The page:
“If I could whisper in Trump’s ear, I would say don’t make mistakes like Obama or [former secretary of state John] Kerry, who thought the Israel-Palestinian conflict was the core problem in the Middle East,” Ya’alon said. “The Sunni-Shi’ite conflicts, the Muslim Brotherhood, and the rise of ISIS have nothing to do with us. The problem is the lack of readiness among the relatively moderate Palestinians like Abbas to accept Israel in any borders, including pre-1967 borders.”
Labor Party leadership candidate Amir Peretz, who is also a former defense minister, wrote to Trump on Wednesday, applauding his efforts to renew the diplomatic process and telling him that the Zionist Union (of which Labor is the main component) would provide a parliamentary safety net for Prime Minister Benjamin Netanyahu to advance a deal with the Palestinians. (Jerusalem Post)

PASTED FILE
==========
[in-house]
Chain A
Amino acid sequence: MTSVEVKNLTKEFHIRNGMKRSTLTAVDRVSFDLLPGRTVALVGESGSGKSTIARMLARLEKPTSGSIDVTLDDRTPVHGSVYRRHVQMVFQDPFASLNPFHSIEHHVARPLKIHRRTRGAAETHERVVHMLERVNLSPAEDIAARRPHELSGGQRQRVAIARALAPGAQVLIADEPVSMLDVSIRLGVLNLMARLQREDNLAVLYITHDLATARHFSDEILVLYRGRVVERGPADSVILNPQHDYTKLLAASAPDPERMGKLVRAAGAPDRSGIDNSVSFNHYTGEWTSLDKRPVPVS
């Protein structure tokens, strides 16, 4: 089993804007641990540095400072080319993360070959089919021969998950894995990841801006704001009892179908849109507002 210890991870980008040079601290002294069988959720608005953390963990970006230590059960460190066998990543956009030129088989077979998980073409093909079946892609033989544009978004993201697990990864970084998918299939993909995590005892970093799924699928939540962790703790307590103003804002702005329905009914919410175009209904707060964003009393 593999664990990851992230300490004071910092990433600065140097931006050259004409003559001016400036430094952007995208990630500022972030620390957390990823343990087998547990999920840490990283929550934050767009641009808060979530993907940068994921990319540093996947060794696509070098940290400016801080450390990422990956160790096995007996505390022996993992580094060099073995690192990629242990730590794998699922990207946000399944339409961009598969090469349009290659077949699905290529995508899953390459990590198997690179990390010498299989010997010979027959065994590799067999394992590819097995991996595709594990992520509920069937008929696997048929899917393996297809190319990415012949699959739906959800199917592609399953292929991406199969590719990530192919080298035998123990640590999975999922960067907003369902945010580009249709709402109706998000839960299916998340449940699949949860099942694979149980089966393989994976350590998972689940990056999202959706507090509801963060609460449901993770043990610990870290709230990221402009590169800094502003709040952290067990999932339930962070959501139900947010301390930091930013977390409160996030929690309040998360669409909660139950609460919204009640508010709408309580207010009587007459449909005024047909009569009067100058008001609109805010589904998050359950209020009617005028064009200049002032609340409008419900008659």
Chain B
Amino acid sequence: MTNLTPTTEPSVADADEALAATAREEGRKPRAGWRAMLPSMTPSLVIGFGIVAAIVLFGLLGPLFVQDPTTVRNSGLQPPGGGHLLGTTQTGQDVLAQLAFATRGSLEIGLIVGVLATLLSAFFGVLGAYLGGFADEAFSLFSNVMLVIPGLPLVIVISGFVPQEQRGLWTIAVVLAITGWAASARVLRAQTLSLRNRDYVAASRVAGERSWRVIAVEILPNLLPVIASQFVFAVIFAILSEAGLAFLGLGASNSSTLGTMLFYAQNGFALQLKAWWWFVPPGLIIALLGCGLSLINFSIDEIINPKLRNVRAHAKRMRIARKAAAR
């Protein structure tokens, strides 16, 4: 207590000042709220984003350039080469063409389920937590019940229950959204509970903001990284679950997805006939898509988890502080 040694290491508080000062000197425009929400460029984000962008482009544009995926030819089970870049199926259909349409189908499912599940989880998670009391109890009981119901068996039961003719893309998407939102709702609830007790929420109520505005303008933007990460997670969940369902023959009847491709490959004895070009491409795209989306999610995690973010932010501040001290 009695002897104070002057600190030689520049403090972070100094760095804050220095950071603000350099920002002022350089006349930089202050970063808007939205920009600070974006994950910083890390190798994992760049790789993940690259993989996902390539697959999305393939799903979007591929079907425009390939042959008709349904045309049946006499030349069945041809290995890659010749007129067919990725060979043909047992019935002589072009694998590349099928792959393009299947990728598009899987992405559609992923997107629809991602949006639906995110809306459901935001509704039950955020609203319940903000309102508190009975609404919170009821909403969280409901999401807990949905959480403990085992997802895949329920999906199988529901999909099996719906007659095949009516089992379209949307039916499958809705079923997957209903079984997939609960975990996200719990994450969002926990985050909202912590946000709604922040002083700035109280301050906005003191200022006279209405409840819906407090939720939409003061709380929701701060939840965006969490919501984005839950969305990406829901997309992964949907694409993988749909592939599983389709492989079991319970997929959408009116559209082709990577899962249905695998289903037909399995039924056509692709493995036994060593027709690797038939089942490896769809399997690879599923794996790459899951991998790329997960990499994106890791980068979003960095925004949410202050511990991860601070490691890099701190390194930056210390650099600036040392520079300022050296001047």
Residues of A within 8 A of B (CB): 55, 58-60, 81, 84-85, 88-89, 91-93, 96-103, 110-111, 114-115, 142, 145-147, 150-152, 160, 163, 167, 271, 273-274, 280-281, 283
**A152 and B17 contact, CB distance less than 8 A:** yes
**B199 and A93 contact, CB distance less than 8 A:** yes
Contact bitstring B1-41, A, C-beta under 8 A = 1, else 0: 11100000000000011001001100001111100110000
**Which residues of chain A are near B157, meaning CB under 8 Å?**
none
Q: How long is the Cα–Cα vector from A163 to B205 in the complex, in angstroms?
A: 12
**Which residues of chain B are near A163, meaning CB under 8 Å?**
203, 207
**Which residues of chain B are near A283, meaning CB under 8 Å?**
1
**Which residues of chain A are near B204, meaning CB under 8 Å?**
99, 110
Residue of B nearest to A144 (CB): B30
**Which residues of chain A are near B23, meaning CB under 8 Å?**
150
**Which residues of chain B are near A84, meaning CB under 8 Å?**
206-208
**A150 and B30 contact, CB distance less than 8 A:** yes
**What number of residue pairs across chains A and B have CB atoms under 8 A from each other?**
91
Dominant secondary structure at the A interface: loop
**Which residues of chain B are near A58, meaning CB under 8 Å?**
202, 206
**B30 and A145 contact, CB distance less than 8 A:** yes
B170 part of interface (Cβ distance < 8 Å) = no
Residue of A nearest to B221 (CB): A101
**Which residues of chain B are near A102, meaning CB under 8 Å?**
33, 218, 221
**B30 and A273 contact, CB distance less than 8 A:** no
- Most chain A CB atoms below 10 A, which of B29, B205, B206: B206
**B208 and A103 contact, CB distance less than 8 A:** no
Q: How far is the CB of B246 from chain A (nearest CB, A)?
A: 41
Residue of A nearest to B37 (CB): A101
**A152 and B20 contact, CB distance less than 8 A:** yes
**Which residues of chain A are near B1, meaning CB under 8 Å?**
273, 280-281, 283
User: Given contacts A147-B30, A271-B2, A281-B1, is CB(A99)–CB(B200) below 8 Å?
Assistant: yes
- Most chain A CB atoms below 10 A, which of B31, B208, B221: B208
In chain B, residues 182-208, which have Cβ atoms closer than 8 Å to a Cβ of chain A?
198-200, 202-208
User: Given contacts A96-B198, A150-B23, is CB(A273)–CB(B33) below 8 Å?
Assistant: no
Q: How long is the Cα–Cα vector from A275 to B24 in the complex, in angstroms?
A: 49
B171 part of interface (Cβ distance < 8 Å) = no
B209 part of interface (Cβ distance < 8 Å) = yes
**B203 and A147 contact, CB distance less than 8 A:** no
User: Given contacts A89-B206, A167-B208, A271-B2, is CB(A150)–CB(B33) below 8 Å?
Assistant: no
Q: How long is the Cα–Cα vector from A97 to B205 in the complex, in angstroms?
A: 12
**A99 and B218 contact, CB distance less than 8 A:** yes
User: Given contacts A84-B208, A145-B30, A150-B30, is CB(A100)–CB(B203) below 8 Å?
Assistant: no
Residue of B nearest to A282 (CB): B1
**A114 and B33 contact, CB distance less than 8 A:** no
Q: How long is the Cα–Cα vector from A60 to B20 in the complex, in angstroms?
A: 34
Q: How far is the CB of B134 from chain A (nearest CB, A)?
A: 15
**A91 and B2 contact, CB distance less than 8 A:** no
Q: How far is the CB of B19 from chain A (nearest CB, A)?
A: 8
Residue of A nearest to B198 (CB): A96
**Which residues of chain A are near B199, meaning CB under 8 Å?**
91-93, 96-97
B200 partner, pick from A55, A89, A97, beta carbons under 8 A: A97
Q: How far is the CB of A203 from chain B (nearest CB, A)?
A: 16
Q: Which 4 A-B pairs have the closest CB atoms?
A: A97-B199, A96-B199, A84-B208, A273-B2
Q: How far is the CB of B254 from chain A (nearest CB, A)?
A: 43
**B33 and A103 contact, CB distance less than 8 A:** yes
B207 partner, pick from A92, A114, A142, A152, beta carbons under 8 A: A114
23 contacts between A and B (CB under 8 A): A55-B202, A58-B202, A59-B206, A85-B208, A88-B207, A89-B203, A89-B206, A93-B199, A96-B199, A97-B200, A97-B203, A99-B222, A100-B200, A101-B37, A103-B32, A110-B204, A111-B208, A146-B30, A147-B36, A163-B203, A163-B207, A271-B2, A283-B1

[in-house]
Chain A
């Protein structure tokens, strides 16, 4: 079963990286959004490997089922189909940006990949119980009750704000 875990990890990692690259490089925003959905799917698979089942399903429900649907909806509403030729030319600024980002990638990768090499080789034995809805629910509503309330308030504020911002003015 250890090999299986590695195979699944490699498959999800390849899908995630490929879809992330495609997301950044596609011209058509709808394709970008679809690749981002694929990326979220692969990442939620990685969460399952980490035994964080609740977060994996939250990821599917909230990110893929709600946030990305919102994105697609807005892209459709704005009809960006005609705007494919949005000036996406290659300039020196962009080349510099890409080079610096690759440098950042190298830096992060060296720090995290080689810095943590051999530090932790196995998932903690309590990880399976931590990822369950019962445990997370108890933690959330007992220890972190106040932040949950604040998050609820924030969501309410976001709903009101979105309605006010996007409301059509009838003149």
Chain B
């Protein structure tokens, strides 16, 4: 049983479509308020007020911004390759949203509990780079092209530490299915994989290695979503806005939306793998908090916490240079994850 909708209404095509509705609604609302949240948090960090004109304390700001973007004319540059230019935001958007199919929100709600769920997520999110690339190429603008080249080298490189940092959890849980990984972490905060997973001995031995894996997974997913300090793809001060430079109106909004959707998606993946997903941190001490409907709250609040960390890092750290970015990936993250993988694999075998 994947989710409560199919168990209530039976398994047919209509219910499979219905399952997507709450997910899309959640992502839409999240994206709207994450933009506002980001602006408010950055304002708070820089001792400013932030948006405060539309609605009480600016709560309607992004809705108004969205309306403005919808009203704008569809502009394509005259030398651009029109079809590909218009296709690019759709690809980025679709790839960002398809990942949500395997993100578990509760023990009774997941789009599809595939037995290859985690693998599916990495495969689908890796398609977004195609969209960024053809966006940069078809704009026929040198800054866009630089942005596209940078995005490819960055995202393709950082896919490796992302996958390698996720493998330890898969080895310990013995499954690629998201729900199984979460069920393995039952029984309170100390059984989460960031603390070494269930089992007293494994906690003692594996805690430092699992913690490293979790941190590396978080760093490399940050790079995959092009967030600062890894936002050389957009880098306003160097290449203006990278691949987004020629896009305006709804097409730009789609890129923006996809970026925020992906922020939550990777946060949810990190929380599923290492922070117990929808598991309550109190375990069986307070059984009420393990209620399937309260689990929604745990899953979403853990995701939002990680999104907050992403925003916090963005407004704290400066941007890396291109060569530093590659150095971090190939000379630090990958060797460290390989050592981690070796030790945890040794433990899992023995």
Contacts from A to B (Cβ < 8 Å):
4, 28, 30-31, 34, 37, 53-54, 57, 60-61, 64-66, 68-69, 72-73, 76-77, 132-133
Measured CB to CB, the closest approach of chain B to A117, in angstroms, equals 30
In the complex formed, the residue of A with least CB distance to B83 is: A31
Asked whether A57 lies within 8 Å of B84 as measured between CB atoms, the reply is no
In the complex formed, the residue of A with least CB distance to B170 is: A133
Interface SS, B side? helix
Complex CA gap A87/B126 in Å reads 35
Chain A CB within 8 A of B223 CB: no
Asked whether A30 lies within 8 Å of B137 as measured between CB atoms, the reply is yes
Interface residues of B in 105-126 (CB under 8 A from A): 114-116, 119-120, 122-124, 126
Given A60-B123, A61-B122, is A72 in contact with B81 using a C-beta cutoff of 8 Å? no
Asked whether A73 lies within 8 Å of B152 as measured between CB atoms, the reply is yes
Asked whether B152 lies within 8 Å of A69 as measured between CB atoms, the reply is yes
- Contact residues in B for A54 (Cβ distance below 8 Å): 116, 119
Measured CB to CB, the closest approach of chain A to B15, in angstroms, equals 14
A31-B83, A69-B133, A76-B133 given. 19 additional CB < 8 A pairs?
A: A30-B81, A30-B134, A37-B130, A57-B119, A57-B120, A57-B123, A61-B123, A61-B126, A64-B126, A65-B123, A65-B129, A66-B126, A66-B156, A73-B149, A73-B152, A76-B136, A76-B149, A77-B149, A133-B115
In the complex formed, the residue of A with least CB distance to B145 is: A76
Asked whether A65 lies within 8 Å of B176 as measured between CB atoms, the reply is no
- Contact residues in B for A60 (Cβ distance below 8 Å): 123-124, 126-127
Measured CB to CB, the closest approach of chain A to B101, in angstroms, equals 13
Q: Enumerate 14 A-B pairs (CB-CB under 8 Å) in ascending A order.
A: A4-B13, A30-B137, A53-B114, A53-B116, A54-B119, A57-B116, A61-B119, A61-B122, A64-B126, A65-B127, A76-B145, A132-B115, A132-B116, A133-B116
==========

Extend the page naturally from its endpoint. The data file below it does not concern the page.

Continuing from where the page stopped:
Trump: I’ll visit Israel, after meeting Muslim leaders in Saudi Arabia
US President Donald Trump’s first foreign trip will feature visits to Israel, Saudi Arabia and the Vatican, he said Thursday, noting that he will meet with leaders from across the Muslim world in Saudi Arabia. The Holy See confirmed that the pope would host him in Rome.
“My first foreign trip as president of the United States will be to Saudi Arabia, then Israel, and then to a place that my cardinals love very much, Rome,” Trump told reporters.
A White House statement said the visit to Israel was aimed at “further strengthen(ing) the United States-Israel partnership.” Indicating that Trump would meet with Prime Minister Benjamin Netanyahu and President Reuven Rivlin, the statement said “The leaders will discuss a range of regional issues, including the need to counter the threats posed by Iran and its proxies, and by ISIS and other terrorist groups. They will also discuss ways to advance a genuine and lasting peace between the Israelis and Palestinians.”
Trump also accepted an invitation to meet Palestinian Authority President Mahmoud Abbas, the statement said, “to discuss ways to advance peace between the Israelis and Palestinians, as well as efforts to unlock the potential of the Palestinian economy.” There was no word as to where that meeting would take place.
He does not intend to go to Ramallah, Channel 2 reported, but rather wants to visit Bethlehem. His meeting with Abbas would be their second in less than a month.